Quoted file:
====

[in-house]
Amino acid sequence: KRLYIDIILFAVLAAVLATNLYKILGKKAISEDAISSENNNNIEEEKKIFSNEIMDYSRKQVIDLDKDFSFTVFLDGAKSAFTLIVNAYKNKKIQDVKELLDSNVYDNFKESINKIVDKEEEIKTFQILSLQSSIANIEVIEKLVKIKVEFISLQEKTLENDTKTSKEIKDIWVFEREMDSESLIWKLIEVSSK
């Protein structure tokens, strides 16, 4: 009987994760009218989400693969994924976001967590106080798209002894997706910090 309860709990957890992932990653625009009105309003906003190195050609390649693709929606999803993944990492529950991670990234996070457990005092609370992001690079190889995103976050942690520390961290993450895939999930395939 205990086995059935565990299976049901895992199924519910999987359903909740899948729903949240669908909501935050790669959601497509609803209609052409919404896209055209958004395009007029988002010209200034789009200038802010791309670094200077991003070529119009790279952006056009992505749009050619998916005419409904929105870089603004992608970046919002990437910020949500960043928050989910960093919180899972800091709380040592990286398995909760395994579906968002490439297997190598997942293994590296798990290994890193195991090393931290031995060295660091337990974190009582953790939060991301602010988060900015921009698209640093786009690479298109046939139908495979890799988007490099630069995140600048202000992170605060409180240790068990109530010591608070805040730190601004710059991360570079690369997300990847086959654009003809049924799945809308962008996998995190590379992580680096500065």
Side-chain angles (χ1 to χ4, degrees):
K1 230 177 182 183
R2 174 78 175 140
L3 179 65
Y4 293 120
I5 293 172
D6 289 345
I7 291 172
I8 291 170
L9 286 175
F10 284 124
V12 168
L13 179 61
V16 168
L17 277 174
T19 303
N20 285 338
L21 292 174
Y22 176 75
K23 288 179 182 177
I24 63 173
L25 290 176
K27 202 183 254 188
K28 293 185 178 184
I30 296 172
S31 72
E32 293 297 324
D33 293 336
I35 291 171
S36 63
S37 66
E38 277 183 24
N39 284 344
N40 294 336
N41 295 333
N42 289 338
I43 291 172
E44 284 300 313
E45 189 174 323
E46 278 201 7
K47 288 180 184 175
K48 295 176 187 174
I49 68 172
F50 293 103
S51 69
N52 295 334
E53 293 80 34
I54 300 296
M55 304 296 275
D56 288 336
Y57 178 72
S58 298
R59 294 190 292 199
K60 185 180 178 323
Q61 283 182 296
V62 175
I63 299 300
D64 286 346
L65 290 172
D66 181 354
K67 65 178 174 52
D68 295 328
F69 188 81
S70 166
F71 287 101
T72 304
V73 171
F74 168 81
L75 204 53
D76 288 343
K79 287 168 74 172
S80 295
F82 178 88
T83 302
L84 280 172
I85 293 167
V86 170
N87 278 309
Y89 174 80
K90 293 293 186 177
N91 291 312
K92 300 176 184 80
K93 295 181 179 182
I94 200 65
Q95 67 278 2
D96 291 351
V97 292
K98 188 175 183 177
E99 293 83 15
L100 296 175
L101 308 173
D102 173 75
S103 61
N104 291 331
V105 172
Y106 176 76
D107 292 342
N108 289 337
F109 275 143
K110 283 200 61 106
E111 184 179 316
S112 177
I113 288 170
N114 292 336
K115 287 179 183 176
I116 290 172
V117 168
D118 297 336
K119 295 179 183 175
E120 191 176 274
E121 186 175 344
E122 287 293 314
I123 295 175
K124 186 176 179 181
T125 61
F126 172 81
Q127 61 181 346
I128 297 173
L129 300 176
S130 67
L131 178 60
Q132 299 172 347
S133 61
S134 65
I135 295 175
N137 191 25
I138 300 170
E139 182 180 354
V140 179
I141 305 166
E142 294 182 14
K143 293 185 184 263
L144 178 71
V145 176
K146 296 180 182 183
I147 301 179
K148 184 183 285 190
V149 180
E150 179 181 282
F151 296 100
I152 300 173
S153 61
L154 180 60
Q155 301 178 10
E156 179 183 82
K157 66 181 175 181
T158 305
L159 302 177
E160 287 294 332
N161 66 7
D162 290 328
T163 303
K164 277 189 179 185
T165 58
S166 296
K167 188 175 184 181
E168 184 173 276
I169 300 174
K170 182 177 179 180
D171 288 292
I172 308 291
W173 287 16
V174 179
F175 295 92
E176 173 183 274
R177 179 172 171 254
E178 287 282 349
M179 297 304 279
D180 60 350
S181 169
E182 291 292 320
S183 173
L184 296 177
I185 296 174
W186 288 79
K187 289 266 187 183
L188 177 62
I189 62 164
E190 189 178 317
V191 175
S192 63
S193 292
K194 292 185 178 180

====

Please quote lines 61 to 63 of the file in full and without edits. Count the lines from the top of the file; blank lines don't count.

D64 286 346
L65 290 172
D66 181 354